piece at the intersection while kicking-in $62,000 from city taxpayer funds.   McWhinney's Centerra and
the Colorado Department of Transportation each sent one representative to the VAC to assist in their
decision.  The losing entries included the "Heart of Loveland" and "Loveland Totem" submitted by less
influential artists and pictured to the right of this story.  Erion's collaborators on Equinox included Jack
Kreutzer and Doug Rutledge.

Erion wasn't the first amateur Loveland artist to be compensated by former colleagues shortly after
leaving the city commission.  Loveland artist Alyson Kincade's resigned from the city commission ended so
she could be given a lucrative city contract to provide art for the Loveland Library expansion.  Eleven oil
paintings by Kinkade were installed in the newly expanded building.   The first five hang in the stairwell
leading to the computer lab of the library while six others hang in the corridor of the main lobby.

Visual Arts Commission - No "Cooling-off" Period Required

Despite the VAC having the power to award literally hundreds of thousands of dollars to individual artists
there is no "cooling-off" period for former members of the commission before they lobby the group to
purchase their own work or that of friends.  The State of Colorado, for example, prohibits any member of
the State Legislature from lobbying for two years after departing office as do some 33 States in one form or
another.  Currently, a member of Loveland's VAC can literally resign from the commission and lobby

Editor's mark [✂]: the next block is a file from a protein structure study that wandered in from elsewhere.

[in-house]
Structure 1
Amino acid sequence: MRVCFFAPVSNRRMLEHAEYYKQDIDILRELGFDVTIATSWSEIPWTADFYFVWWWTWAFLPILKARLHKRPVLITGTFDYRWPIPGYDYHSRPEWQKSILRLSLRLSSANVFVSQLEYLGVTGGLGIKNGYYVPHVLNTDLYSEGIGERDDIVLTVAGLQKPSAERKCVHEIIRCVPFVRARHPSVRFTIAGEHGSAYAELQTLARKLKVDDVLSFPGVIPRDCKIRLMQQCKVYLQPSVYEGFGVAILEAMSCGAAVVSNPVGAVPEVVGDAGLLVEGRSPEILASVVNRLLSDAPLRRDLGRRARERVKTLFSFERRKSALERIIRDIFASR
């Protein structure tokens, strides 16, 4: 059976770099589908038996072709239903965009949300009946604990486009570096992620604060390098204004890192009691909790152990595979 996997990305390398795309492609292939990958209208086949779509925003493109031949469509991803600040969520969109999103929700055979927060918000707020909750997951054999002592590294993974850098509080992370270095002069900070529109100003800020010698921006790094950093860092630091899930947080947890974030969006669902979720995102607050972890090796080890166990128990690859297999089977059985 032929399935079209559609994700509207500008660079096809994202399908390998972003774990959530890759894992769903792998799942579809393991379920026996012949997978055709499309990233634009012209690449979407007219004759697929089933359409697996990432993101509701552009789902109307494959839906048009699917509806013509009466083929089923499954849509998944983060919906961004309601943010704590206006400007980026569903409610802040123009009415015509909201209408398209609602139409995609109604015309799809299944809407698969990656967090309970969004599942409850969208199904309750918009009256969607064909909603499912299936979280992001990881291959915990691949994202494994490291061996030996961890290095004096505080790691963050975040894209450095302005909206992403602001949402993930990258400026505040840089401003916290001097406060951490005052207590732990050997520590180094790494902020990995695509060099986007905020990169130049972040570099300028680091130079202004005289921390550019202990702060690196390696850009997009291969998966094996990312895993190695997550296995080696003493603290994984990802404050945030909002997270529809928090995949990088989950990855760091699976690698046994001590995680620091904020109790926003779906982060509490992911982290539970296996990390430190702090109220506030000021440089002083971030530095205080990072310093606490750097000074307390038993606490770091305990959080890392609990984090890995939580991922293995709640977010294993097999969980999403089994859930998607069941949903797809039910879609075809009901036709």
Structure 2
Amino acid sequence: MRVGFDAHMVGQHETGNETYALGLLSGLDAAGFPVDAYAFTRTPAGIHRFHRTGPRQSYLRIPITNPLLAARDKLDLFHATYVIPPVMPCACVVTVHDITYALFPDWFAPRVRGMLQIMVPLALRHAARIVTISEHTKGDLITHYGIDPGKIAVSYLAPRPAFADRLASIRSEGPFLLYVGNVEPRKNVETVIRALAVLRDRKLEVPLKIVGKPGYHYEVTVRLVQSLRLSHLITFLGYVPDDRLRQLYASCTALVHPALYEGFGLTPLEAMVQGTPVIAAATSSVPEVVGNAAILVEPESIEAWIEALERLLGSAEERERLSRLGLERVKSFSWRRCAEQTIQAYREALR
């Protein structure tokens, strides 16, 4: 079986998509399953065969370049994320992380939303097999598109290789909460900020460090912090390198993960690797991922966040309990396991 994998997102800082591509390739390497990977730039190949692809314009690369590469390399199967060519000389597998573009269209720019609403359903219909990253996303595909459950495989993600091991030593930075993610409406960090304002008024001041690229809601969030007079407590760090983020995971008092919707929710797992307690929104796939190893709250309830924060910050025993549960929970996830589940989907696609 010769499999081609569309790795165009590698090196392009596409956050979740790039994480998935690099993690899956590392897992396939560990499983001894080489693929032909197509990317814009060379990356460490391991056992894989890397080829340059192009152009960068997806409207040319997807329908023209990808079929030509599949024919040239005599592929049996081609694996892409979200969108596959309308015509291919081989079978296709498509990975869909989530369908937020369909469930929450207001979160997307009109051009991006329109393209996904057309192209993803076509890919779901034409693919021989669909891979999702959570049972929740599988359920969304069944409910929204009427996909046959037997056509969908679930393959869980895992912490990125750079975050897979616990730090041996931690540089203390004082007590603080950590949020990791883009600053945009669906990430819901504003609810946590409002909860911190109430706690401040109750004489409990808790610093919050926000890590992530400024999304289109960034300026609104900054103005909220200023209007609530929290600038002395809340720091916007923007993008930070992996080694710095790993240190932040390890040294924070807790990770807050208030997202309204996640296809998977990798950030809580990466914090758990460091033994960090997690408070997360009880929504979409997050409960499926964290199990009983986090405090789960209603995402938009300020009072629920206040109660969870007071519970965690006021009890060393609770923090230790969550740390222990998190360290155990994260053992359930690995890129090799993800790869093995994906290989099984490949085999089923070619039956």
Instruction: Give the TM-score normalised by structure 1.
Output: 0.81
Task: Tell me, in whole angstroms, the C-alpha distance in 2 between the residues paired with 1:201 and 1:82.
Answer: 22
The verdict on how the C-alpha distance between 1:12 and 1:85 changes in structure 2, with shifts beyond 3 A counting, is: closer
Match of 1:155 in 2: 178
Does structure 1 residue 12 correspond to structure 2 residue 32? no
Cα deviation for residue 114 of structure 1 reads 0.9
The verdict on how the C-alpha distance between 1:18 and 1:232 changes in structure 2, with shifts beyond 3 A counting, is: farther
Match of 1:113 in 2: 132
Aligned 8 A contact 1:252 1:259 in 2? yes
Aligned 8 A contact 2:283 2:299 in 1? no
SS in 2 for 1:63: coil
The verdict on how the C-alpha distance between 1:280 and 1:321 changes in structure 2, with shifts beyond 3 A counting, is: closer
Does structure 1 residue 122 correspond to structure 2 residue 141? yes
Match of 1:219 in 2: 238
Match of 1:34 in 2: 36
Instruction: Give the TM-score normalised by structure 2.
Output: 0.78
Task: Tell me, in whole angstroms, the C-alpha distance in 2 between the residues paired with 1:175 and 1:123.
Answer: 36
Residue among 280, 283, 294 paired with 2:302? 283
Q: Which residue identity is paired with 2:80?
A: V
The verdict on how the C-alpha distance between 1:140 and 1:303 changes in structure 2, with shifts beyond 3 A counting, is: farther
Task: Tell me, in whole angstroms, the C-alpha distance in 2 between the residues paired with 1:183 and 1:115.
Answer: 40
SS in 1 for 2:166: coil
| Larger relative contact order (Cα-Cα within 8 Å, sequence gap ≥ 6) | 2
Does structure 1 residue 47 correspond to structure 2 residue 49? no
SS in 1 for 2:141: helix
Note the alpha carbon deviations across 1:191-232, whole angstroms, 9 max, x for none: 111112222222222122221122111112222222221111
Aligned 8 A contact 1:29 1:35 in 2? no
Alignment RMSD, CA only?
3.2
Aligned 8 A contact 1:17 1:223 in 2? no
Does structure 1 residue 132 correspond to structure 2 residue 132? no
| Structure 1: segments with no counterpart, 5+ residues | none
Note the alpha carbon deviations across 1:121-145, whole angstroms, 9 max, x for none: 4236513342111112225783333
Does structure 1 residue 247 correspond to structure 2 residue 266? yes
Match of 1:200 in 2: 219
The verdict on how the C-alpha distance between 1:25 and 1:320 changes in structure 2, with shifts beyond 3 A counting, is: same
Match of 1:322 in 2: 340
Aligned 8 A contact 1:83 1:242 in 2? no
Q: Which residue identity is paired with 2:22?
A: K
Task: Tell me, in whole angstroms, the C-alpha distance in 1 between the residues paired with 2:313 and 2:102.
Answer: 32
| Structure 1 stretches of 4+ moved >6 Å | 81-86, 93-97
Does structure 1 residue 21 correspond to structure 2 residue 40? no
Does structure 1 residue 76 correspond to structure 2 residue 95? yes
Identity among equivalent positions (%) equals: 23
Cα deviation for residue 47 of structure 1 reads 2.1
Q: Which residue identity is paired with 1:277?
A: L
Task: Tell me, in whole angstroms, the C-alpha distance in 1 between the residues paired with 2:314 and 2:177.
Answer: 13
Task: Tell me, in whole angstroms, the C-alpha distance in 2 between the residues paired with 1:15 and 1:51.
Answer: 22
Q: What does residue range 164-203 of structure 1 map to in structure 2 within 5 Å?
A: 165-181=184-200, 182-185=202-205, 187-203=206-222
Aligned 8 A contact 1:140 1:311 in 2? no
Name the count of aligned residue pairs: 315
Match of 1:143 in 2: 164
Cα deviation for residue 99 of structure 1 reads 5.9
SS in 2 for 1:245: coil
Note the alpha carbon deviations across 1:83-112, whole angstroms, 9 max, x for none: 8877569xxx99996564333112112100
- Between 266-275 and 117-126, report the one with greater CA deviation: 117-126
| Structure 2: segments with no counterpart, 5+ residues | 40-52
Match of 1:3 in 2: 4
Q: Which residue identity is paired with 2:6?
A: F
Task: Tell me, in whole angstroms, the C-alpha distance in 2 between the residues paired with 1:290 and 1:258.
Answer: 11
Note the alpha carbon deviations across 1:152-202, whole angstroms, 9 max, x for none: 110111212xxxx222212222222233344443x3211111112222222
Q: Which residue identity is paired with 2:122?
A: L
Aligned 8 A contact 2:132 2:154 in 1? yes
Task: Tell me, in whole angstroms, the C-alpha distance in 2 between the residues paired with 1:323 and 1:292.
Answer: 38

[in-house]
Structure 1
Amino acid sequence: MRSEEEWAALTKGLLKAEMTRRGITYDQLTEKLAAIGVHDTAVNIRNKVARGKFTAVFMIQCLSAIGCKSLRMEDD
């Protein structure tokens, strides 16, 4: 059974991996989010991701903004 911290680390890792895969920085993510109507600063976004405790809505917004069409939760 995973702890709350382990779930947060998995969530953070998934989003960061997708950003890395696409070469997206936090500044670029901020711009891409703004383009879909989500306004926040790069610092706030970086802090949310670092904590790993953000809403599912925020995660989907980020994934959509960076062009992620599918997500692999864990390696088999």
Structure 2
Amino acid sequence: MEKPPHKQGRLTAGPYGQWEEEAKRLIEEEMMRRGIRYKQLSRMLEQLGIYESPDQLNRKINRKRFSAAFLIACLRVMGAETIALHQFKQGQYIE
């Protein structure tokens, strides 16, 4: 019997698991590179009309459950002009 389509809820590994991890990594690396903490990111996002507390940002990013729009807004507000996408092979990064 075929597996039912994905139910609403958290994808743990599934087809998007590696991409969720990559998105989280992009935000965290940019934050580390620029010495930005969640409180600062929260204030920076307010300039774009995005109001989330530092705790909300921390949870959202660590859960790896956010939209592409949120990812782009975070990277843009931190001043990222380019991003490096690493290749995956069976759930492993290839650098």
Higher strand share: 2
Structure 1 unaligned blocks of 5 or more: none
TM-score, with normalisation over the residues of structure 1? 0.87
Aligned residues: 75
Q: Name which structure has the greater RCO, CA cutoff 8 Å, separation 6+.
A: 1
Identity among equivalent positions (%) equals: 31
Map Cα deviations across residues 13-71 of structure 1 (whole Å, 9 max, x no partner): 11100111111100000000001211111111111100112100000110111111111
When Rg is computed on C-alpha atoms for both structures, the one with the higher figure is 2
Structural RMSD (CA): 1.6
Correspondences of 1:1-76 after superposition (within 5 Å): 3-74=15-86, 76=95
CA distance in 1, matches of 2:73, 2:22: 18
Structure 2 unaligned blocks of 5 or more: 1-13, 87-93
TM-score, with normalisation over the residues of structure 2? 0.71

former colleagues to buy their work during the very same meeting due to the lack of a "cooling-off" period.

Loveland's VAC art acquisitions are largely funded through a 1% set-aside from all capital improvement
projects passed by Loveland's City Council in 1986 as a special city ordinance to fund art in public places.   
In a March 27, 2015 letter to the Loveland Reporter-Herald, Roger Clark called for people to recognize
what makes Loveland special while also encouraging people to express contrary views.  His letter stated,

"I am saddened that some of our citizens may miss the joy that life here can bring. It's easy to dwell on
things we consider troublesome — roundabouts, economic development incentives, having to park a
few blocks from our destination, a bike race or a downtown event that makes us detour from our
normal route, school policies — whatever. "

Ironically, readers of LovelandPolitics report their polite yet contrary views posted in response to the
letter were removed from the Loveland Reporter-Herald website.  According to the newspaper, they
haven't removed any comments for content from Roger Clark's letter.

Doug Erion Looks To Build A Named Legacy - Some Question Why On The Public's Dime?

Erion has been lobbying for years for an expansion to Loveland's downtown museum.  Hoping to garner
more resources from the newly forming DDA (Downtown Development Authority) many insiders already
refer to the museum's expansion by the expected name of the "Erion Art Gallery."  Erion's near ubiquitous
presence downtown is difficult to escape since he is depicted in a larger than life mural on the side of a
building.  Erion's partner in the Equinox structure, Doug Rutledge, is also a member of the
controlled downtown partnership likely providing Erion influence with that group as well.

Whether Erion will be immortalized through the naming of a new city structure, street or exhibit remains
to be seen.  In the meantime, local artists are left asking why a man with so much inherited personal
wealth needs city resources to promote his name and art.
The Public's Price for Debauchery
How one man's opinion of art and quest for immortality
influence public resources
Bacchante and Infant Faun
Heart of Loveland
Loveland Totem
Doug Erion's unpopular "Equinox"
was selected by the VAC over
arguably more appealing
submissions shown below.